How Dividend Investing Can Help You Stay Away From Ponzi Schemes

By: ispeculatornew
Date posted: 07.21.2011 (5:00 am) | Write a Comment  (2 Comments)

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The last few years have seen many different trends in the financial markets. Unfortunately, one of them has been the explosion of frauds related to capital securities. Insider trading, market manipulation, and many other types of frauds are taking place at an increasing rate. One fraud that has been in the spotlights more than any other has been the Ponzi scheme. There have been small ones, big ones and then the Bernie Madoff one. These schemes have been happening a lot more than you would think but only the biggest ones got attention from the mainstream media.

How Ponzi Schemes Work

You can find much more detailed information but the basic concept is that investors buy shares in a fund. The manager then manages to publish falsified valuations making the returns look much better than they actually are. The effect is twofold:

-Current Investors Put More Money Into the Fund
-New Investors Come Knocking To Invest

This can go on for a long time because the basic ways such a scheme will get caught are if authorities catch on or when investors start withdrawing money which the fund often does not actually have. That is what happened to Madoff. If the financial crisis had not occurred, investors would have perhaps left their funds invested for many more years and the Ponzi scheme could have gotten much bigger. Other frauds such as Enron relied on different accounting frauds.

How Dividend Investing Can Help You Avoid Frauds

Diversification: While it is not unique to dividend investing, the truth is that dividend investors tend to have much more diversity in their holdings than the average investor’s portfolio.

Type Of Company: Generally, dividend investors tend to like long term, sustainable dividend companies such as the dividend aristocrats that have often been running for 50, 100 years or even more . While such companies can end up being fraudulent, the risk is much smaller than when investing in newer companies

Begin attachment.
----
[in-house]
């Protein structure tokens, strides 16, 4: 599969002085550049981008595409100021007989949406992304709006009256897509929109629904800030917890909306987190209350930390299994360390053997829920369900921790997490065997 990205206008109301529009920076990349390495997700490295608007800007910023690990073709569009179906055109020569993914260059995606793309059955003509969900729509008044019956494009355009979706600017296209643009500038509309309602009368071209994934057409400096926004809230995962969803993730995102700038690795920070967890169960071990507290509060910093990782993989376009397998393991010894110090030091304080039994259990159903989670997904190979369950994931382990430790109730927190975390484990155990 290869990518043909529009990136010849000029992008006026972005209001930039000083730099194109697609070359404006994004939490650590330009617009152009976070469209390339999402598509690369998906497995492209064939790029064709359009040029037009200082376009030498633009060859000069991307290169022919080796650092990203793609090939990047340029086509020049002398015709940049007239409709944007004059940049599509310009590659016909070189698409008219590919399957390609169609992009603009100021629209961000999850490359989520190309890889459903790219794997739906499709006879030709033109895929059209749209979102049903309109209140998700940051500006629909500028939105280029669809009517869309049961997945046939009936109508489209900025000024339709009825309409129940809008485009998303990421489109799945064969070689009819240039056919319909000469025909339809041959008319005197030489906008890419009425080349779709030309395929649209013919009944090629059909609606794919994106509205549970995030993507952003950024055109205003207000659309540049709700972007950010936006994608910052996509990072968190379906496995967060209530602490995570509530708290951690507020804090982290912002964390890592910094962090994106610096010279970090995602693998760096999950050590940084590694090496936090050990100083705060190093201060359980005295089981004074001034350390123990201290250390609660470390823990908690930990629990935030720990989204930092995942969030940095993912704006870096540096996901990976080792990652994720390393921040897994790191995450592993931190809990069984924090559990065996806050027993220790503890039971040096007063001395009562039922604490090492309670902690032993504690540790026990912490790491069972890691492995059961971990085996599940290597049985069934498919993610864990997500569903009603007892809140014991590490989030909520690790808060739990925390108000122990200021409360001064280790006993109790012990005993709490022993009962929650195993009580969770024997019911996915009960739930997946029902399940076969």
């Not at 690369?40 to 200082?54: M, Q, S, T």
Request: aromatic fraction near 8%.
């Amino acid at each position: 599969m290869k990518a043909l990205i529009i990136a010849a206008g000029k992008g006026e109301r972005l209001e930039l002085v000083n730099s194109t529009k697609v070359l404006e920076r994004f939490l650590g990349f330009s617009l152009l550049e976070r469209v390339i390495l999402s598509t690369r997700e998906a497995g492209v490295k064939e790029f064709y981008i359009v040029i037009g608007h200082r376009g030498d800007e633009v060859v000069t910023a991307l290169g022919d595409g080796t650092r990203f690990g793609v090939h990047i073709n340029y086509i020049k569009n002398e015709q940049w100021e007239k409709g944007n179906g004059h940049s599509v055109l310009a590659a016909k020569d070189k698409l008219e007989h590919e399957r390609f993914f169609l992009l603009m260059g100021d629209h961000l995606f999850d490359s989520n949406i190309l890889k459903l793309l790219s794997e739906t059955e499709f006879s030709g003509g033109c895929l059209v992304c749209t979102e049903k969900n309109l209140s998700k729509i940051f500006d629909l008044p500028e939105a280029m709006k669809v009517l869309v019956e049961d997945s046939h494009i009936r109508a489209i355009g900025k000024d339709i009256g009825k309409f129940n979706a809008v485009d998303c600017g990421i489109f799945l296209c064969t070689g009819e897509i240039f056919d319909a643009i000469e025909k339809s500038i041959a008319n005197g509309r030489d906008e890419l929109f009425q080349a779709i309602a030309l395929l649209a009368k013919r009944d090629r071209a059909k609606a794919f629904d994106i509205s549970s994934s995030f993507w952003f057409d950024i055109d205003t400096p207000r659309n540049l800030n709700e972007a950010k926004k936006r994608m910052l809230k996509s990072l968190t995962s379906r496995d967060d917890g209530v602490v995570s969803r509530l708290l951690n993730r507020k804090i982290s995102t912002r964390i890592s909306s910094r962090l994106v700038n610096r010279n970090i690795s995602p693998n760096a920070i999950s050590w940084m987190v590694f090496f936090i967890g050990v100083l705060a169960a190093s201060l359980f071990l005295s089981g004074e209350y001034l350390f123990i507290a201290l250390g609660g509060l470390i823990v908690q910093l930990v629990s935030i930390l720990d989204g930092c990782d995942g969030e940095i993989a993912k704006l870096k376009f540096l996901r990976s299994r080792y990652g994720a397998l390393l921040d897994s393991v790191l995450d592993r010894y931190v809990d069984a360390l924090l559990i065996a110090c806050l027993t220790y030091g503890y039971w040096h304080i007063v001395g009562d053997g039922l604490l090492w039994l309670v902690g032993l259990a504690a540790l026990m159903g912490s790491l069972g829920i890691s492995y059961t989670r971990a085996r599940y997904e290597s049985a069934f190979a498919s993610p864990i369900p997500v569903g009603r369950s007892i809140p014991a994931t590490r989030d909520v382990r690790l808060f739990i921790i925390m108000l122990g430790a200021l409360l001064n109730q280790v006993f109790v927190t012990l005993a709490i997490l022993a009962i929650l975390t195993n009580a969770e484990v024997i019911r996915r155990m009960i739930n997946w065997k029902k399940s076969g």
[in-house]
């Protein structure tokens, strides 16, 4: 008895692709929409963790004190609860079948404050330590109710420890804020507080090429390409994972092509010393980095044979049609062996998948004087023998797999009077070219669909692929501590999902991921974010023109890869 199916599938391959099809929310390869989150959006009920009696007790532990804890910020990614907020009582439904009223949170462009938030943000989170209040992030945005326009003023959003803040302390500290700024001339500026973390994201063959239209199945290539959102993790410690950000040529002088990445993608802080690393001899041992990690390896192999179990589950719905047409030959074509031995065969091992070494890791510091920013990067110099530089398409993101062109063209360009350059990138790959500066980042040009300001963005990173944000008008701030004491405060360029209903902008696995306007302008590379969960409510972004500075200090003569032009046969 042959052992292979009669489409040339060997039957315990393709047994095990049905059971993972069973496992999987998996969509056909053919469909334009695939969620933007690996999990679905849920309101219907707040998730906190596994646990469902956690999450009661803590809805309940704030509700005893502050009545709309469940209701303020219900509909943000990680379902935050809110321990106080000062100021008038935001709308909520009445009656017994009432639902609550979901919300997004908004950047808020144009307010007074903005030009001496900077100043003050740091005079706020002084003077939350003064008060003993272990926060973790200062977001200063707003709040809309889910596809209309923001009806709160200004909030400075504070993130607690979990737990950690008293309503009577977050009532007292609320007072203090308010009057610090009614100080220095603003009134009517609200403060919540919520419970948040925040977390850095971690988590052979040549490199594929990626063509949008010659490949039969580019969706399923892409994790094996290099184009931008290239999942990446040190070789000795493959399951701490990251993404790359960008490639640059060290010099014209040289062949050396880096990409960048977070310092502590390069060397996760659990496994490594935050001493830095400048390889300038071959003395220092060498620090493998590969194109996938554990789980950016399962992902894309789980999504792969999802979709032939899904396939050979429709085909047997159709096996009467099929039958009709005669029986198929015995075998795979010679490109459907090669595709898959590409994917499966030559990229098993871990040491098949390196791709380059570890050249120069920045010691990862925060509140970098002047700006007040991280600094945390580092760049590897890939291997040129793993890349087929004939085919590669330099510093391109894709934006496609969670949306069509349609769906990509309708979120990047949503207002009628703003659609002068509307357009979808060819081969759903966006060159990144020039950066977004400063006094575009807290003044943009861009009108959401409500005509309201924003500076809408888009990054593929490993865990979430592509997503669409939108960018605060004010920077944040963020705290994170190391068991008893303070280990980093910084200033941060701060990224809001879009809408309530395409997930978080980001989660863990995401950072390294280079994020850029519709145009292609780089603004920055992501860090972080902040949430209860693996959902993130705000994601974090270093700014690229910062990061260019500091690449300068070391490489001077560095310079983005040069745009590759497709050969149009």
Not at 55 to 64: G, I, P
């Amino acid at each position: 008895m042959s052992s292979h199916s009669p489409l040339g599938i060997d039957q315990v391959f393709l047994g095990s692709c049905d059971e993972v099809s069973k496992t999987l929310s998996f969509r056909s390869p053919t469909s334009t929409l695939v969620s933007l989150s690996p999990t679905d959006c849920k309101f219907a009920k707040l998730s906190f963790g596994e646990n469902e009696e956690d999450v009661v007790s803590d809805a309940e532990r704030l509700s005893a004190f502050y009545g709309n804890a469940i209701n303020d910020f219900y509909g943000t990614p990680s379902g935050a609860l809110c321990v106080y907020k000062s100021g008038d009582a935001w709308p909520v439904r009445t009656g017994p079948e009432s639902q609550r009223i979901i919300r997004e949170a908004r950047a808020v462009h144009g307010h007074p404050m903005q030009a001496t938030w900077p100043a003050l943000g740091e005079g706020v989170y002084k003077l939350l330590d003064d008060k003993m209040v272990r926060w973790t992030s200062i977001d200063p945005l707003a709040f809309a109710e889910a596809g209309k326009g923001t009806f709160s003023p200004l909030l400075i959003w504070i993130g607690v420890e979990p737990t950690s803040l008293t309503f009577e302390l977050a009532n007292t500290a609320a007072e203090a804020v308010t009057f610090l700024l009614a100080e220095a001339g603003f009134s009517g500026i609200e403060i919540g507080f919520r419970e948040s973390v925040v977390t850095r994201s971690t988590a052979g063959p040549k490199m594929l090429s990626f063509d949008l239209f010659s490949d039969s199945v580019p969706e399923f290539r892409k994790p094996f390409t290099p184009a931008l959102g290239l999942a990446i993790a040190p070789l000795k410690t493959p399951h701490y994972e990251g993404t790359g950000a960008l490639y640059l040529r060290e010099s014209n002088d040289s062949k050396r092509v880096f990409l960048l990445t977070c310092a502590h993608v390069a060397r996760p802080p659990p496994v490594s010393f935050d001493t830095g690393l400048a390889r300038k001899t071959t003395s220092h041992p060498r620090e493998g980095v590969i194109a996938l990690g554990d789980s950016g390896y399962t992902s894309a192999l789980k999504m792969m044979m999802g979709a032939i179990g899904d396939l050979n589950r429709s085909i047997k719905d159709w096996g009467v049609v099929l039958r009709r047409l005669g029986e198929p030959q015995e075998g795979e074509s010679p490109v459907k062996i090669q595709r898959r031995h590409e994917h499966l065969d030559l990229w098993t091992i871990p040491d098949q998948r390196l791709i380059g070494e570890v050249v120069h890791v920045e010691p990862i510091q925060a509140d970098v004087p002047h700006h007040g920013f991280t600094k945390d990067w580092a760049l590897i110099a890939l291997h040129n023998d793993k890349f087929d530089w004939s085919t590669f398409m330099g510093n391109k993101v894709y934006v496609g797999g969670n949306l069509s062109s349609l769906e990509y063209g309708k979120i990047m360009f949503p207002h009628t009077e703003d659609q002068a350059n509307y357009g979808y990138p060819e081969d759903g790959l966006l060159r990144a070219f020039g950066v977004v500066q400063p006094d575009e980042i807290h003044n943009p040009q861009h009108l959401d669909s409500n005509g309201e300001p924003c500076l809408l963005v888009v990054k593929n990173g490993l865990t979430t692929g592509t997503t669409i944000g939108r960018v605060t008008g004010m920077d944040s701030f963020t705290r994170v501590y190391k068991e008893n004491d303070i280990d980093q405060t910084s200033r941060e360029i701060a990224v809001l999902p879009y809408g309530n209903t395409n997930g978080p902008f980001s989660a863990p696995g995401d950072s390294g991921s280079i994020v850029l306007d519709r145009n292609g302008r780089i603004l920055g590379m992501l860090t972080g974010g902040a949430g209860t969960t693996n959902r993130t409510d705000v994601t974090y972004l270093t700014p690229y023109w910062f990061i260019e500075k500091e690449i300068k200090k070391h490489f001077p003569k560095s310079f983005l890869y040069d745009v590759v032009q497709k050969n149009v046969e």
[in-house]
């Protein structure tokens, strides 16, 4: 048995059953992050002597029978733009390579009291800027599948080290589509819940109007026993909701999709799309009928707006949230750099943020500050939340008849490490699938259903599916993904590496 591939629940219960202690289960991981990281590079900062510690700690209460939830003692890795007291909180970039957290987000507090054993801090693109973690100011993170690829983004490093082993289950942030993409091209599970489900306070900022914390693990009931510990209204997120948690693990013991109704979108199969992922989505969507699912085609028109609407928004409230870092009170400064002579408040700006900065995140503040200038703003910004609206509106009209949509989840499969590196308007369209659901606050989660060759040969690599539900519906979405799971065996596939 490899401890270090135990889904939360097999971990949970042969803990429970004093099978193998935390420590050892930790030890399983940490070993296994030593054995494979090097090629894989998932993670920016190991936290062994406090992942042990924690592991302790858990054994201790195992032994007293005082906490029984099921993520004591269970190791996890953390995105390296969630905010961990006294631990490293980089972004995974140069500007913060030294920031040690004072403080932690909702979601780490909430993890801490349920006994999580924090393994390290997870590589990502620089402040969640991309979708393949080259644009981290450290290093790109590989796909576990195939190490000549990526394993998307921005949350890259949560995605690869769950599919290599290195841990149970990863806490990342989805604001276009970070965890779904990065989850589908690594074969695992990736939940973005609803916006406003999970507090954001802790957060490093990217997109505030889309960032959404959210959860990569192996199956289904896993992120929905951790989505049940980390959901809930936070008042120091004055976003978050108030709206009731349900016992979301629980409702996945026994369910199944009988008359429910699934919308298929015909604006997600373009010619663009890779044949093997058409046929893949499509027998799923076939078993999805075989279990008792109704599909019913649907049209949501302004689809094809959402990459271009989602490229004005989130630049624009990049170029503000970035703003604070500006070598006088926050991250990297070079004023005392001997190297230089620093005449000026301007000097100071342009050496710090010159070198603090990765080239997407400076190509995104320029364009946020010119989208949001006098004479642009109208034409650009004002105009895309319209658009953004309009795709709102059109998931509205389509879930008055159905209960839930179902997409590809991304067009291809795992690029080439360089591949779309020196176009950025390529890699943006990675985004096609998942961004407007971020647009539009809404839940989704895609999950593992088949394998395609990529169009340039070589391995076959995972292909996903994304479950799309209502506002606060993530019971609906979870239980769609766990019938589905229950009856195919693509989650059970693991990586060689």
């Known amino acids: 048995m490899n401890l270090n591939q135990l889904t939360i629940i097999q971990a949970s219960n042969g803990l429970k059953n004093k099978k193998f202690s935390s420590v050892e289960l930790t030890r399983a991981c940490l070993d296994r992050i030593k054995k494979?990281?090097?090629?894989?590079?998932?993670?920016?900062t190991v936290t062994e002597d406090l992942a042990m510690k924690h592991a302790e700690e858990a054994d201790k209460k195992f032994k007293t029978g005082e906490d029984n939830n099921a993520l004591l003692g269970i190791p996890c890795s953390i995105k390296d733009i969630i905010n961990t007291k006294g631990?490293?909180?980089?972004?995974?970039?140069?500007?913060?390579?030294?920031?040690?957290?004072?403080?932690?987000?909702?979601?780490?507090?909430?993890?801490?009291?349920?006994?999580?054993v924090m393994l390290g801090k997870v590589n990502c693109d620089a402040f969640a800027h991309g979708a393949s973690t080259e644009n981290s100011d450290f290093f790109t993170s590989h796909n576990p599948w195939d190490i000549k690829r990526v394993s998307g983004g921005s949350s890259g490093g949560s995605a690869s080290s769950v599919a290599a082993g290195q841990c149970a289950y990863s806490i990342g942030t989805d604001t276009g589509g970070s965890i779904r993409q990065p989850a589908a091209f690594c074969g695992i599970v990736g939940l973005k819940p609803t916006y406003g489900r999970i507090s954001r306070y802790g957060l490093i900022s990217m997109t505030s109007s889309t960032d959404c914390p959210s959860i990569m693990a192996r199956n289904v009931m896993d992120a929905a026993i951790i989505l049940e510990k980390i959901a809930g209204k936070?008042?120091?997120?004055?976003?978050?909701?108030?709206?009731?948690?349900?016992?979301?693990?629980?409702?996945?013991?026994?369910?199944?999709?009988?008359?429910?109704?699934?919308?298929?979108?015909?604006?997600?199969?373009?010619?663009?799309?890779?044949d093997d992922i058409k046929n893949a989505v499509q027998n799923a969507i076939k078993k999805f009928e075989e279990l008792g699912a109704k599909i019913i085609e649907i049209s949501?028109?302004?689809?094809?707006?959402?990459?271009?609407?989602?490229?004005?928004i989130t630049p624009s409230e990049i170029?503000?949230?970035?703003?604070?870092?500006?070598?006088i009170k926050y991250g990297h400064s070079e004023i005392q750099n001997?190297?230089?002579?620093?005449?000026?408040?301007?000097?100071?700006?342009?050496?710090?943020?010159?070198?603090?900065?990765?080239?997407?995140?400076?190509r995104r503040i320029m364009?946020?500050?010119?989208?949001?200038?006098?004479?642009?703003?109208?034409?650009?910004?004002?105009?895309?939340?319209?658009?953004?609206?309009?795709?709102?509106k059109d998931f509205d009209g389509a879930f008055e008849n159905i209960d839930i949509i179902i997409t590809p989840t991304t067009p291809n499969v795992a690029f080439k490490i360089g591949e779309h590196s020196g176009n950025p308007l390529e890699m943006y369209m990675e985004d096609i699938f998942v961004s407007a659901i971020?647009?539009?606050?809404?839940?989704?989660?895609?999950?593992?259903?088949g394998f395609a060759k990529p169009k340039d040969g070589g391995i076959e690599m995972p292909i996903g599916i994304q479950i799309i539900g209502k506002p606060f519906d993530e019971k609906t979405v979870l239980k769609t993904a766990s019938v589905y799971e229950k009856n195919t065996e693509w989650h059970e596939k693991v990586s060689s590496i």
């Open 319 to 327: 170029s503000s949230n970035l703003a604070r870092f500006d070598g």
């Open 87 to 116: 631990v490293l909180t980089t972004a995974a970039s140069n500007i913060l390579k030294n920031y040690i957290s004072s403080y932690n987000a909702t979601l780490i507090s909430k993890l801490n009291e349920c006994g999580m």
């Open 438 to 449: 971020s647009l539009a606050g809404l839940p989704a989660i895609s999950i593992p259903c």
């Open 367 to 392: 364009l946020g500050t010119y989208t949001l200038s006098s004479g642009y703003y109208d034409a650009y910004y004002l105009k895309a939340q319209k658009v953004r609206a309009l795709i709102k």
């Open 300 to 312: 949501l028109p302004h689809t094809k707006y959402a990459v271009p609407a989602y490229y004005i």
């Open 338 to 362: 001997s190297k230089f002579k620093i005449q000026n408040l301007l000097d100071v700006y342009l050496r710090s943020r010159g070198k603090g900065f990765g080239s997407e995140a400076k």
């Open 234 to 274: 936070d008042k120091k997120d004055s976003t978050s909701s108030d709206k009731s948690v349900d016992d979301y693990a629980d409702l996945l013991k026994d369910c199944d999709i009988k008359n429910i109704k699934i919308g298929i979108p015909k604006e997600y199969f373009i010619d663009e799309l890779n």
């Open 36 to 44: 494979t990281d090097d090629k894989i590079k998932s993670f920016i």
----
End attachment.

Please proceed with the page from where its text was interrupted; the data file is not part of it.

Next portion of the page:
Take Money Out:One of the great things about dividend investors is that they take money off of the table in form of dividends. The only Bernie Madoff that did not get destroyed were those who had taken out money over the years instead of always reinvesting into the same funds.

Dividend Investors Beware

I think it’s still important for dividend investors to look out for opportunities that look too good to be true. A company cannot keep increasing dividends by 10% per year for decades, it’s just not possible. Still, I think that as a dividend investor, my odds of being caught up in a major fraud are diminished.

Do you agree?

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  1. Comment by Bret @ Hope to Prosper — July 21, 2011 @ 8:47 pm

    There is an apalling lack of oversight of the financial services industry. The SEC received five separate complaints against Bernie Madoff and investigated him four times. They never even audited his books once. As you said correctly, this happaens all of the time on a smaller scale and FINRA is almost completely useless in protecting depositors.

    That is why I invest directly and manage my money myself.

  2. Comment by Stephen — July 22, 2011 @ 10:29 am

    I agree with you, but it also has to do with unreasonable greed. From what I read, all these rich people were flocking to Madoff because he was offering very high returns every year, even during down times. That should have made them a bit suspicious.

    I’m not immune to greed either. I bought some NLY because the dividend is so high, but then I didn’t pour my entire life savings into it either.

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